• child’s age

  • educational level of either parent

  • maternal age and BMI

  • maternal smoking and alcohol intake

  • coffee, tea and chocolate consumption

  • stress during pregnancy


Girls whose mothers consumed high amounts of licorice during pregnancy, compared with those whose mothers consumed low amounts:

  • were 3cm taller on average (mean difference [MD] 0.4 standard deviations [SD], 95% confidence interval [CI] 0.1 to 0.8)

  • were 8kg heavier on average (MD 0.6 SD, 95% CI 0.2 to 1.9)

  • had BMIs 2.2 higher (MD 0.6 SD, 95% CI 0.2 to 0.9)

  • 37.9% scored “development definitely under way” on the Pubertal Development Scale Score, compared with 10.4%

For boys, there were no consistent associations between maternal licorice consumption during pregnancy and pubertal maturation at this age.

Girls and boys whose mothers consumed high amounts of licorice during pregnancy, compared with those whose mothers consumed low amounts:

  • scored seven points lower on tests of intelligence quotient on a scale of 100 points (95% CI 3.1 to 11.2)

  • had threefold greater odds of attention deficit hyperactivity disorder (ADHD) problems (95% CI 1.4 to 7.7)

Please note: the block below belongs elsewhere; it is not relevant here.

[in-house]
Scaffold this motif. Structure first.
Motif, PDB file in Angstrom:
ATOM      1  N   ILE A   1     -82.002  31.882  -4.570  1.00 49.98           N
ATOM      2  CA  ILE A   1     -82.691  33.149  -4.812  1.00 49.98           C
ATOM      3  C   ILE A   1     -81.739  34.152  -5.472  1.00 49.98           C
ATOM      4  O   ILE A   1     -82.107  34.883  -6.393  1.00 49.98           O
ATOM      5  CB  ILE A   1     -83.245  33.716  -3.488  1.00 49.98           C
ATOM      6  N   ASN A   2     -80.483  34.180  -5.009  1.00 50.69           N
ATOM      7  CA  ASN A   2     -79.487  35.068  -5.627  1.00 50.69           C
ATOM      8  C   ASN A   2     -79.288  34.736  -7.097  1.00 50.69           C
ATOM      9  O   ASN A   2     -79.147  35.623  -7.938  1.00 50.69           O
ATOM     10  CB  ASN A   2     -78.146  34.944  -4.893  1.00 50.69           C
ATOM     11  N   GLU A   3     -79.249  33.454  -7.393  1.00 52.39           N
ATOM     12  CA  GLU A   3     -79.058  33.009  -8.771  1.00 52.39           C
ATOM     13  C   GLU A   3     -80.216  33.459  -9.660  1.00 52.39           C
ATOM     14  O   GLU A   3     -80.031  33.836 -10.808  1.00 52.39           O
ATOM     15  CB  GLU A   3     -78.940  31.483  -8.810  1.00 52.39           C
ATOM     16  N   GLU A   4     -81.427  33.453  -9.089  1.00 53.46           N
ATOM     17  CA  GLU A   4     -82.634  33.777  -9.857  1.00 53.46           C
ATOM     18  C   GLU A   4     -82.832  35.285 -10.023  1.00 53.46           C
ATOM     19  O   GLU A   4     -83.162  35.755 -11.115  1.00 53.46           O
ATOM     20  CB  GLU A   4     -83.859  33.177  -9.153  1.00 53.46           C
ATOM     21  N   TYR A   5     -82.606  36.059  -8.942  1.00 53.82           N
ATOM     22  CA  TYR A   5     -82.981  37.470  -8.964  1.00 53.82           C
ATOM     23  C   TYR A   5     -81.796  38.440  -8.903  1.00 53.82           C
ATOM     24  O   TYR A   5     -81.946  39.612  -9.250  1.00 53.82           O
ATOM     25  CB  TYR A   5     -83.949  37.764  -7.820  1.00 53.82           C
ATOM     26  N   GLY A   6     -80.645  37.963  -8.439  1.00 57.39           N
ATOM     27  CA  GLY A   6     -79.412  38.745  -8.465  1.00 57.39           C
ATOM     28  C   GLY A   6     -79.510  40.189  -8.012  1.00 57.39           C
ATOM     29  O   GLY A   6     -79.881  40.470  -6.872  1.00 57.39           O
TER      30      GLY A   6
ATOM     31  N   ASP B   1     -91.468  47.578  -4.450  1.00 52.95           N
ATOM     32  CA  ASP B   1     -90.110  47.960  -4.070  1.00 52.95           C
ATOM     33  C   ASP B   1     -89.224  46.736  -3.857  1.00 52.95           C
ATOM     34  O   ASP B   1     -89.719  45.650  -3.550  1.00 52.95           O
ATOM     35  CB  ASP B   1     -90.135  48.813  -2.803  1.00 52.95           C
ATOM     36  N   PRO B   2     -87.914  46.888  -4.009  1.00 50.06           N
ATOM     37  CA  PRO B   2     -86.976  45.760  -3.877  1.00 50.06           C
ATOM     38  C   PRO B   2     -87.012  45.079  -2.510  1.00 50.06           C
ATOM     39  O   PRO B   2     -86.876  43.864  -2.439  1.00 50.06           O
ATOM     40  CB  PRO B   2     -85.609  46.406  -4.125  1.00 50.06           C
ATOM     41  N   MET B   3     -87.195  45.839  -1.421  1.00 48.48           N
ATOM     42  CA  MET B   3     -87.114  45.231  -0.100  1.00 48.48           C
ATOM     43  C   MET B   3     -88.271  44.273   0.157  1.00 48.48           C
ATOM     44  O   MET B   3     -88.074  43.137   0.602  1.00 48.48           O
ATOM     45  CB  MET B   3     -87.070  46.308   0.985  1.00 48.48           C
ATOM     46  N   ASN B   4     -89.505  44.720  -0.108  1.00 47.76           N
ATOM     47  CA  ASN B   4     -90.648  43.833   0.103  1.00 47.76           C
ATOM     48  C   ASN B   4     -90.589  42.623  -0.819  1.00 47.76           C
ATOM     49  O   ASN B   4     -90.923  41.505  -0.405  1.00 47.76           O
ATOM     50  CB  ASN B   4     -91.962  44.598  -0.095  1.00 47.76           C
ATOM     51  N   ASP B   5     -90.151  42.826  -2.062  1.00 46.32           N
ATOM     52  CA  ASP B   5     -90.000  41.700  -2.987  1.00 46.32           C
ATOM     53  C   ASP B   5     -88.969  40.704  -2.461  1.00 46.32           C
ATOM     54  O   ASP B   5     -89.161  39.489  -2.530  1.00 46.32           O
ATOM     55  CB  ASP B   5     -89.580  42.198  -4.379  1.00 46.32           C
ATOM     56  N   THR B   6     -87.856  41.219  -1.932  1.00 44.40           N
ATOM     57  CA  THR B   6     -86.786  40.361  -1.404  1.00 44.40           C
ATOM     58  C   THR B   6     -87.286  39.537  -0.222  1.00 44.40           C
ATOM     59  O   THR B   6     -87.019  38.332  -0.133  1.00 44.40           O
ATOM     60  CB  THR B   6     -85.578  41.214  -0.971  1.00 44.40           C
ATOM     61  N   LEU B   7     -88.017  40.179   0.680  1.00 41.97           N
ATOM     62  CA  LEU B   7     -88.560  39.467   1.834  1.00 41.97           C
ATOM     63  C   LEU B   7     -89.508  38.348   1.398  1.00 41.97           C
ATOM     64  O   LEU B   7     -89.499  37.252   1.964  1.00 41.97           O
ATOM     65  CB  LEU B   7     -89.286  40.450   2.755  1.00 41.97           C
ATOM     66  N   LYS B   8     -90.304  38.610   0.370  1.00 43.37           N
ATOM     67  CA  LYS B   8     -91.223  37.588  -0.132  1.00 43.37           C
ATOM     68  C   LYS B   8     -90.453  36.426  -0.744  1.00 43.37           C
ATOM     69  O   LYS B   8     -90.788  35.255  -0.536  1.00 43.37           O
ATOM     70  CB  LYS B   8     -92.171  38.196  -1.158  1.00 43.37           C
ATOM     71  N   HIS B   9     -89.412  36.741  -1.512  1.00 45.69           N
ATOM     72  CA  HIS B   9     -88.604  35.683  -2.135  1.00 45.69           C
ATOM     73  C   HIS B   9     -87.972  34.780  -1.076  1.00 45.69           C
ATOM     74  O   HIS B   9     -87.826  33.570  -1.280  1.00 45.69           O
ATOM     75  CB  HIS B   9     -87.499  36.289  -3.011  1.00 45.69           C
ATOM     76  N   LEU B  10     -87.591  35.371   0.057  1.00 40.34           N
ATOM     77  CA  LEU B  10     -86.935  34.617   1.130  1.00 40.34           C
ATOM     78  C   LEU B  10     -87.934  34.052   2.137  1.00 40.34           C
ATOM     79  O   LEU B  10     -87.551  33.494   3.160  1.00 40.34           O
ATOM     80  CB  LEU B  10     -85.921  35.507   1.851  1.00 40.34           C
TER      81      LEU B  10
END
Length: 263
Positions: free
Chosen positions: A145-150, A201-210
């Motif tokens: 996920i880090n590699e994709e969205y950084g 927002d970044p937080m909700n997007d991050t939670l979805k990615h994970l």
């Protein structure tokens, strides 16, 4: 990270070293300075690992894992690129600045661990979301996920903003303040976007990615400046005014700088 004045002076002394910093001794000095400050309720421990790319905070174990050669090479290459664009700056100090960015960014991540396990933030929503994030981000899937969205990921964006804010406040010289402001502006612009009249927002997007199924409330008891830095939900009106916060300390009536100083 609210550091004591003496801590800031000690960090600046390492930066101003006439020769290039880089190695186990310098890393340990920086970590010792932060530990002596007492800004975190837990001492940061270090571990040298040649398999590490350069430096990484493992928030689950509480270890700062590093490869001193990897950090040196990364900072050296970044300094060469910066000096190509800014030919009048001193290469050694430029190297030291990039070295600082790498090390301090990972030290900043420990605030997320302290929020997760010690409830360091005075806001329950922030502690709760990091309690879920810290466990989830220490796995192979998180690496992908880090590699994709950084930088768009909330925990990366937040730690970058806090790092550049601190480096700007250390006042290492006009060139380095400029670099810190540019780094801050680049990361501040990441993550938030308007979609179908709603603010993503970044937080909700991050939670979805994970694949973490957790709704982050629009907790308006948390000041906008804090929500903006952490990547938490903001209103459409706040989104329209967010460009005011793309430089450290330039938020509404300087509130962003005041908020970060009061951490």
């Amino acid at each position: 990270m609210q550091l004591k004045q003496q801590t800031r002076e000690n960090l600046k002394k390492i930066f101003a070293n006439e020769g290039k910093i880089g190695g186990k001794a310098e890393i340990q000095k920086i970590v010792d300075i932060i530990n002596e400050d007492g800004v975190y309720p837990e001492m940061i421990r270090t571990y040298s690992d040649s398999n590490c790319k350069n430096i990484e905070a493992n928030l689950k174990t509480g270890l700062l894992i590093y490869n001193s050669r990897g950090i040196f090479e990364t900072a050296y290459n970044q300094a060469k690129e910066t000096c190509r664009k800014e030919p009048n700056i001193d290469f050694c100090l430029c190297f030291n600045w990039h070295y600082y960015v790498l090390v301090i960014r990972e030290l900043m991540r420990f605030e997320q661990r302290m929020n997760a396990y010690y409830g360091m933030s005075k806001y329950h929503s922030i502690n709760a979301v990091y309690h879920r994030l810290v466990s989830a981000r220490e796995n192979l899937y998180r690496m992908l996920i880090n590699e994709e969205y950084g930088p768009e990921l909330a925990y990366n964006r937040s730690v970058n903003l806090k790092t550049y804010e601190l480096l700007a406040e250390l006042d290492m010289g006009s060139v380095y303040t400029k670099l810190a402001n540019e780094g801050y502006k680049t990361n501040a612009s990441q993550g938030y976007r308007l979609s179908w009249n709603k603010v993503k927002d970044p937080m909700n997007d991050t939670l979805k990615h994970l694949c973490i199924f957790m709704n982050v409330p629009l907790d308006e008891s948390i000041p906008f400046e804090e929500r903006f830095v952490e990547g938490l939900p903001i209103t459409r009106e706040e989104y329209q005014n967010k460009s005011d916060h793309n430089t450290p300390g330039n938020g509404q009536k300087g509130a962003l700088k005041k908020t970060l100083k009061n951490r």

No difference was found in cortisol levels.


The authors concluded that,

“Nutritional recommendations of various expert organisations do not mention glycyrrhizin use during pregnancy.

The present findings suggest that pregnant women should be informed that consumption of licorice and other food products containing glycyrrhizin may be associated with harm for their developing offspring."

This study provides evidence of some link between how much licorice a pregnant woman eats and earlier puberty in girls, but not boys.

It also shows some association between pregnant women eating licorice and their children scoring lower for intelligence and being more likely to have ADHD.